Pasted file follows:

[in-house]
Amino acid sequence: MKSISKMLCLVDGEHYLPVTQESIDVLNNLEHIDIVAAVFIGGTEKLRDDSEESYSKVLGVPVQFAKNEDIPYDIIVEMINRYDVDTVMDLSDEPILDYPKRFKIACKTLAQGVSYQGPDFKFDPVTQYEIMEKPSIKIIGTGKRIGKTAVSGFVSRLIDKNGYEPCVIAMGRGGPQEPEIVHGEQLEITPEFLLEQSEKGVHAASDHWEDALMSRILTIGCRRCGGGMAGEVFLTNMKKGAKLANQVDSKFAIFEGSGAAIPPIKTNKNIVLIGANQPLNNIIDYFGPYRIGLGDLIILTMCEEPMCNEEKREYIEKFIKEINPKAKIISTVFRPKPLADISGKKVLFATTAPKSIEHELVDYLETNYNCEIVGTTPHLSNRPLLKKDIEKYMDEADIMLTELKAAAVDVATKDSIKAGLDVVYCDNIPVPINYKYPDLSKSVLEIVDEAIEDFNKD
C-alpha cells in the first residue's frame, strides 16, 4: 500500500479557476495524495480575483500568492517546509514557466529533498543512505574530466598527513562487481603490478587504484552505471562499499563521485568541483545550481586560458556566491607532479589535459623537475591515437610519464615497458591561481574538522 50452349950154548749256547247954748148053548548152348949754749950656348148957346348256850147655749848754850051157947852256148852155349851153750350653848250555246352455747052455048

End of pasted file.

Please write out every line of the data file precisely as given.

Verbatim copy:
[in-house]
Amino acid sequence: MKSISKMLCLVDGEHYLPVTQESIDVLNNLEHIDIVAAVFIGGTEKLRDDSEESYSKVLGVPVQFAKNEDIPYDIIVEMINRYDVDTVMDLSDEPILDYPKRFKIACKTLAQGVSYQGPDFKFDPVTQYEIMEKPSIKIIGTGKRIGKTAVSGFVSRLIDKNGYEPCVIAMGRGGPQEPEIVHGEQLEITPEFLLEQSEKGVHAASDHWEDALMSRILTIGCRRCGGGMAGEVFLTNMKKGAKLANQVDSKFAIFEGSGAAIPPIKTNKNIVLIGANQPLNNIIDYFGPYRIGLGDLIILTMCEEPMCNEEKREYIEKFIKEINPKAKIISTVFRPKPLADISGKKVLFATTAPKSIEHELVDYLETNYNCEIVGTTPHLSNRPLLKKDIEKYMDEADIMLTELKAAAVDVATKDSIKAGLDVVYCDNIPVPINYKYPDLSKSVLEIVDEAIEDFNKD
C-alpha cells in the first residue's frame, strides 16, 4: 500500500479557476495524495480575483500568492517546509514557466529533498543512505574530466598527513562487481603490478587504484552505471562499499563521485568541483545550481586560458556566491607532479589535459623537475591515437610519464615497458591561481574538522 50452349950154548749256547247954748148053548548152348949754749950656348148957346348256850147655749848754850051157947852256148852155349851153750350653848250555246352455747052455048